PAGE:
Against the backdrop of new tariffs imposed by the Trump administration and retaliation from targeted countries, notably China, the trade wars of the 1930s have received renewed attention. This column argues that they mainly served to intensify a pre-existing trend towards the formation of trade blocs. The trade wars of the present day may therefore serve a similar purpose as those in the 1930s, that is, the intensification of China- and US-centric trade blocs.

Chad Bown, 22 July 2019

Meredith A. Crowley, Ralph Ossa, Heiwai Tang, 20 June 2019

A new book from the CEPR argues that the current trade war is a long-term danger to all economies, not just those of the US and China. Editor Meredith Crowley of the University of Cambridge and two of the authors tell Tim Phillips why prospects for the world economy are 'grim'.

Meredith A. Crowley, 30 May 2019

As a trade war of unprecedented scope and magnitude engulfs the world’s two largest economies, this column introduces a new Vox eBook that seeks to shed light on the origins of the conflict, the current impacts on economic activity around the world, and the likely consequences for the future of globalisation. It concludes that the prospects for the future of the multilateral trading system look grim.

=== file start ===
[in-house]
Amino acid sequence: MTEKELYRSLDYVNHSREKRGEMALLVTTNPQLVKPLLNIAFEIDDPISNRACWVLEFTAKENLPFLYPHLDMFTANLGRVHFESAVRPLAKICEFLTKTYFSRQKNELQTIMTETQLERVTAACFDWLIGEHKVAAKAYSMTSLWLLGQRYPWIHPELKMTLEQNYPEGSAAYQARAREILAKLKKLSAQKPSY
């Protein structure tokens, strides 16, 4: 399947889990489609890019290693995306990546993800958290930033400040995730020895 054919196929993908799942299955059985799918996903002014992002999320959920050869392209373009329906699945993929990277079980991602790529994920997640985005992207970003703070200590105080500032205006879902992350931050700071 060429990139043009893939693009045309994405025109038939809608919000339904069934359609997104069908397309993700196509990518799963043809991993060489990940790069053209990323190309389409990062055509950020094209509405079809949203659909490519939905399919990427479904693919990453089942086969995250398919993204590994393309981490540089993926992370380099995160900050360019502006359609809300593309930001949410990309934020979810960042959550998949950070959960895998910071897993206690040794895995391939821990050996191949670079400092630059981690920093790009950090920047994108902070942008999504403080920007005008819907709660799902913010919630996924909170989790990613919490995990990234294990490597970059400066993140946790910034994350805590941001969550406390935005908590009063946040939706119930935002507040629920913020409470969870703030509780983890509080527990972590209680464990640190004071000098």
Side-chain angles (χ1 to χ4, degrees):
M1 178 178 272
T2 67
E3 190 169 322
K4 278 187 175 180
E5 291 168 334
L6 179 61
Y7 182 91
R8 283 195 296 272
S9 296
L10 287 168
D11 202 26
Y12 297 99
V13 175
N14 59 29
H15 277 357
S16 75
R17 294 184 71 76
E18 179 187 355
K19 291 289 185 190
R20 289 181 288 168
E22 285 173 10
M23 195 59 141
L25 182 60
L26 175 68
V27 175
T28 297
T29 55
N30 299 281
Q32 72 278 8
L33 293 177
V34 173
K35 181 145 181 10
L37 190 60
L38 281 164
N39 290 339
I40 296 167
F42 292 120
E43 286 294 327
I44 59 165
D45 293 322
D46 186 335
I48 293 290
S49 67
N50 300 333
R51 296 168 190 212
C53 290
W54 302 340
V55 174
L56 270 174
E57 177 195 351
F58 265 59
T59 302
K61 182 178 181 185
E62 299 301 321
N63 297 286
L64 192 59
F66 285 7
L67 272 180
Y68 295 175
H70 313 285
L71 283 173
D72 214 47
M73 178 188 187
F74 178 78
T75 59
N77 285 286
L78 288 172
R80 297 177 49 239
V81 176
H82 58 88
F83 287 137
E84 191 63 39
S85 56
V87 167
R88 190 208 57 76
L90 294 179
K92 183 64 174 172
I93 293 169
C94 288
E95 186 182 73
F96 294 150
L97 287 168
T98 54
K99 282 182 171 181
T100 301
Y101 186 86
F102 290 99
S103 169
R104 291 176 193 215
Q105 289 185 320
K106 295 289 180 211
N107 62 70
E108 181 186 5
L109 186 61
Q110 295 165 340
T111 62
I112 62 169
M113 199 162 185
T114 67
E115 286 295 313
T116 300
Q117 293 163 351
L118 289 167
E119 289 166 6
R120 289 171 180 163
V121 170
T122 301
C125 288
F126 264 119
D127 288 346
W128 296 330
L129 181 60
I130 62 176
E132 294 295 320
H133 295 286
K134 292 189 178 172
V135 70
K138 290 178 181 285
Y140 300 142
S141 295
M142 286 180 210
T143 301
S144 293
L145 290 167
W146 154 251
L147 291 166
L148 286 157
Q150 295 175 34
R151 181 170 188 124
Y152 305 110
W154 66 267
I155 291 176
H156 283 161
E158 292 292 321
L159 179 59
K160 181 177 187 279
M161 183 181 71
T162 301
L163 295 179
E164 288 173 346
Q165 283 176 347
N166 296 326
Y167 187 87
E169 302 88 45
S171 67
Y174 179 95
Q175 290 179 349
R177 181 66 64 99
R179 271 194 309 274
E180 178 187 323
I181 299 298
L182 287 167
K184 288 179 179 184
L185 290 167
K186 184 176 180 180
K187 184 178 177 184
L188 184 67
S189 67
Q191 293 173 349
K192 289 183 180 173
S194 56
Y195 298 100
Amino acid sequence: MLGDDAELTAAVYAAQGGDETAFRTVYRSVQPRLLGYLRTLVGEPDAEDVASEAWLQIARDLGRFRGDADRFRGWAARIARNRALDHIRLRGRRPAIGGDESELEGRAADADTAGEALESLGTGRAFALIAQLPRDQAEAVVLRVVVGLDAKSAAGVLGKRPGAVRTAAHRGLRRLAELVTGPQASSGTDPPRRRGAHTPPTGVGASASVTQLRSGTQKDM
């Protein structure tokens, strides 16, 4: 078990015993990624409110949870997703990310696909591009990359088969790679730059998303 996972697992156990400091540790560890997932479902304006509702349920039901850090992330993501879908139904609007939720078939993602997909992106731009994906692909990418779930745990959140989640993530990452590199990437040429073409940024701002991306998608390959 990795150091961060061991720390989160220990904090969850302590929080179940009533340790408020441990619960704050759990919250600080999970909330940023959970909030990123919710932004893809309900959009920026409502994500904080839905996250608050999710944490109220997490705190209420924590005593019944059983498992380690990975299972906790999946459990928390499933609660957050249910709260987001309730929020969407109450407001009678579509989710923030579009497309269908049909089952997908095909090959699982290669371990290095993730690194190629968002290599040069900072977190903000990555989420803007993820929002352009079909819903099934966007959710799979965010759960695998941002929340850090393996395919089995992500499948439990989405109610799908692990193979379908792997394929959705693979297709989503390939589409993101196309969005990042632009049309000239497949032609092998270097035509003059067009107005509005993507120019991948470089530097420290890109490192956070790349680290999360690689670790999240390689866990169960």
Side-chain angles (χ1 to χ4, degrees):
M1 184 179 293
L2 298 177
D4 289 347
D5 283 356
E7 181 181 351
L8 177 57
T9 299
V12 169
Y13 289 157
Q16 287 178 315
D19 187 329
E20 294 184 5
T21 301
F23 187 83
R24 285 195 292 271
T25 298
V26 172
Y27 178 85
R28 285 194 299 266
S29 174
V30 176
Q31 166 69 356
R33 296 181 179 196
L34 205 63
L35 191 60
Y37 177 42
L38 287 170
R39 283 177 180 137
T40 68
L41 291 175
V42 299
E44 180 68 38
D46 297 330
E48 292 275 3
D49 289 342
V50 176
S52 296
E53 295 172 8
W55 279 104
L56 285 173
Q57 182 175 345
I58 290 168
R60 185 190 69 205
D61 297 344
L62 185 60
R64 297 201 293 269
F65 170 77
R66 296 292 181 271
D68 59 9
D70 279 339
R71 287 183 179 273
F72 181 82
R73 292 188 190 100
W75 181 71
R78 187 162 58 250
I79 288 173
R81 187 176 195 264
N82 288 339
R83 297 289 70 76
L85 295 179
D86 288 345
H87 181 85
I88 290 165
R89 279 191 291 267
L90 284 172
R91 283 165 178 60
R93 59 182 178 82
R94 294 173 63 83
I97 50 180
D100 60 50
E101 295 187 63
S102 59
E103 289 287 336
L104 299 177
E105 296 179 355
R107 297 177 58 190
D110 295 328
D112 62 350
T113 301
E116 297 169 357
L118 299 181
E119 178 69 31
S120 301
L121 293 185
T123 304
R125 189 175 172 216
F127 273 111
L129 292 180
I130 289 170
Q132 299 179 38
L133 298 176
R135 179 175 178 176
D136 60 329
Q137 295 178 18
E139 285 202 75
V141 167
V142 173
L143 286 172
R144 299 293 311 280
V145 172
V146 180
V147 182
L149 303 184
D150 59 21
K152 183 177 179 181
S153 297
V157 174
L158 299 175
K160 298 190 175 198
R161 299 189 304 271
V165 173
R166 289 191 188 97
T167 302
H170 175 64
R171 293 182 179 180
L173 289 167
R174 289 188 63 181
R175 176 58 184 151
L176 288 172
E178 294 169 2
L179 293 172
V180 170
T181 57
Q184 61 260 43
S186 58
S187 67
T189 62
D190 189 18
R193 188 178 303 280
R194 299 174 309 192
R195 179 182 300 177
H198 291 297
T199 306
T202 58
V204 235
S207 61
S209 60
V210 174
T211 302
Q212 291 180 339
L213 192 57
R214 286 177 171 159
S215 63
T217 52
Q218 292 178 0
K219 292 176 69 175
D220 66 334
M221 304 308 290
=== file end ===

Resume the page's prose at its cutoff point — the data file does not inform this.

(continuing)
Chad Bown, 10 May 2019

Who will be the biggest loser in this trade war? Chad Bown tells Tim Phillips why it could be the WTO's dispute resolution system, and why we should worry if this happens.

Jeffrey Frankel, 09 May 2019

Stephen Moore, President Trump’s pick for the Federal Reserve Board, has been pro-cyclical in his recommendations for monetary policy, opposing stimulus when the economy needed it and favouring stimulus when the economy did not. This column argues that Moore’s switch to urging monetary stimulus when Trump took office fits into a wider pattern among of pro-cyclical positions among leading Republicans, not just in monetary policy, but also fiscal and regulatory policy.

Pablo Fajgelbaum, Pinelopi Goldberg, Patrick Kennedy, Amit Khandelwal, 07 November 2019

The 2018 tariff hikes reversed a decades-long push by the US for lower global trade barriers around the world. This column examines the impact of the resulting trade war on the US economy. It estimates a $51 billion annual loss to US consumers and firms from higher import prices, with an aggregate annual loss of $7.2 billion when producer gains and tariff revenues are factored in. It also argues that US tariffs protected politically competitive counties, whereas retaliations by other nations targeted strongly Republican counties.